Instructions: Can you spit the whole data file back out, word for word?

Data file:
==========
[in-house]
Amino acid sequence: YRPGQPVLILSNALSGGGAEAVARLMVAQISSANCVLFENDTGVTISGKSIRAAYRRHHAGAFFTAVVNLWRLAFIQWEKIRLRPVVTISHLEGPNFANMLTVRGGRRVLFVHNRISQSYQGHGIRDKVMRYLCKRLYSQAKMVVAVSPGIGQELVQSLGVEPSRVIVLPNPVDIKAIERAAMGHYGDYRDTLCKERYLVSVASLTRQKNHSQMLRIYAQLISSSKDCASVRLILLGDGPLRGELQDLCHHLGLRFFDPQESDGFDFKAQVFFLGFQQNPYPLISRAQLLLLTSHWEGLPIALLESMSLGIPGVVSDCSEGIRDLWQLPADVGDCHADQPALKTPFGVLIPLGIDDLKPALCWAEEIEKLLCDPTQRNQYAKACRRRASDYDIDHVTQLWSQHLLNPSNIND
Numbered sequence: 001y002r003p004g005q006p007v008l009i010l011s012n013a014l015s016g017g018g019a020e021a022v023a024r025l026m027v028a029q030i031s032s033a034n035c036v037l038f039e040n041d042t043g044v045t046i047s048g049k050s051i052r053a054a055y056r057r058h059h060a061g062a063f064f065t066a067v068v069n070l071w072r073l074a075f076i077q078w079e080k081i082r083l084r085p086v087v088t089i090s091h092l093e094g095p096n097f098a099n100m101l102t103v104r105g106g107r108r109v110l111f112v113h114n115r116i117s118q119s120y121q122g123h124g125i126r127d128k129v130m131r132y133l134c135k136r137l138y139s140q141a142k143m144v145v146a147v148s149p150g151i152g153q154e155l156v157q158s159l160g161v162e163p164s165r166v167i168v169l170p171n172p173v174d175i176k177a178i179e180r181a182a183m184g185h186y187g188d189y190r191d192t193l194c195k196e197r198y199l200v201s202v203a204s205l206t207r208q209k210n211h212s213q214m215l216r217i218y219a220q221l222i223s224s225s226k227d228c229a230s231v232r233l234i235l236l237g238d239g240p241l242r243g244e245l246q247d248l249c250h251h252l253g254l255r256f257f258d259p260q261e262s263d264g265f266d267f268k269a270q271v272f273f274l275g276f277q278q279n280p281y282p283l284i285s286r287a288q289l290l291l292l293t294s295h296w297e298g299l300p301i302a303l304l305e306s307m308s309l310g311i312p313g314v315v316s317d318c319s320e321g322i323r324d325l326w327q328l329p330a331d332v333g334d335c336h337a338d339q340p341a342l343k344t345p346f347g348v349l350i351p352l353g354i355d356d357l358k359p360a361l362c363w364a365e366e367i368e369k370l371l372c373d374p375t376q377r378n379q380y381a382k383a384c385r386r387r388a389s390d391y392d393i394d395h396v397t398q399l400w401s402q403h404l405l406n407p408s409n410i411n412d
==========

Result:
[in-house]
Amino acid sequence: YRPGQPVLILSNALSGGGAEAVARLMVAQISSANCVLFENDTGVTISGKSIRAAYRRHHAGAFFTAVVNLWRLAFIQWEKIRLRPVVTISHLEGPNFANMLTVRGGRRVLFVHNRISQSYQGHGIRDKVMRYLCKRLYSQAKMVVAVSPGIGQELVQSLGVEPSRVIVLPNPVDIKAIERAAMGHYGDYRDTLCKERYLVSVASLTRQKNHSQMLRIYAQLISSSKDCASVRLILLGDGPLRGELQDLCHHLGLRFFDPQESDGFDFKAQVFFLGFQQNPYPLISRAQLLLLTSHWEGLPIALLESMSLGIPGVVSDCSEGIRDLWQLPADVGDCHADQPALKTPFGVLIPLGIDDLKPALCWAEEIEKLLCDPTQRNQYAKACRRRASDYDIDHVTQLWSQHLLNPSNIND
Numbered sequence: 001y002r003p004g005q006p007v008l009i010l011s012n013a014l015s016g017g018g019a020e021a022v023a024r025l026m027v028a029q030i031s032s033a034n035c036v037l038f039e040n041d042t043g044v045t046i047s048g049k050s051i052r053a054a055y056r057r058h059h060a061g062a063f064f065t066a067v068v069n070l071w072r073l074a075f076i077q078w079e080k081i082r083l084r085p086v087v088t089i090s091h092l093e094g095p096n097f098a099n100m101l102t103v104r105g106g107r108r109v110l111f112v113h114n115r116i117s118q119s120y121q122g123h124g125i126r127d128k129v130m131r132y133l134c135k136r137l138y139s140q141a142k143m144v145v146a147v148s149p150g151i152g153q154e155l156v157q158s159l160g161v162e163p164s165r166v167i168v169l170p171n172p173v174d175i176k177a178i179e180r181a182a183m184g185h186y187g188d189y190r191d192t193l194c195k196e197r198y199l200v201s202v203a204s205l206t207r208q209k210n211h212s213q214m215l216r217i218y219a220q221l222i223s224s225s226k227d228c229a230s231v232r233l234i235l236l237g238d239g240p241l242r243g244e245l246q247d248l249c250h251h252l253g254l255r256f257f258d259p260q261e262s263d264g265f266d267f268k269a270q271v272f273f274l275g276f277q278q279n280p281y282p283l284i285s286r287a288q289l290l291l292l293t294s295h296w297e298g299l300p301i302a303l304l305e306s307m308s309l310g311i312p313g314v315v316s317d318c319s320e321g322i323r324d325l326w327q328l329p330a331d332v333g334d335c336h337a338d339q340p341a342l343k344t345p346f347g348v349l350i351p352l353g354i355d356d357l358k359p360a361l362c363w364a365e366e367i368e369k370l371l372c373d374p375t376q377r378n379q380y381a382k383a384c385r386r387r388a389s390d391y392d393i394d395h396v397t398q399l400w401s402q403h404l405l406n407p408s409n410i411n412d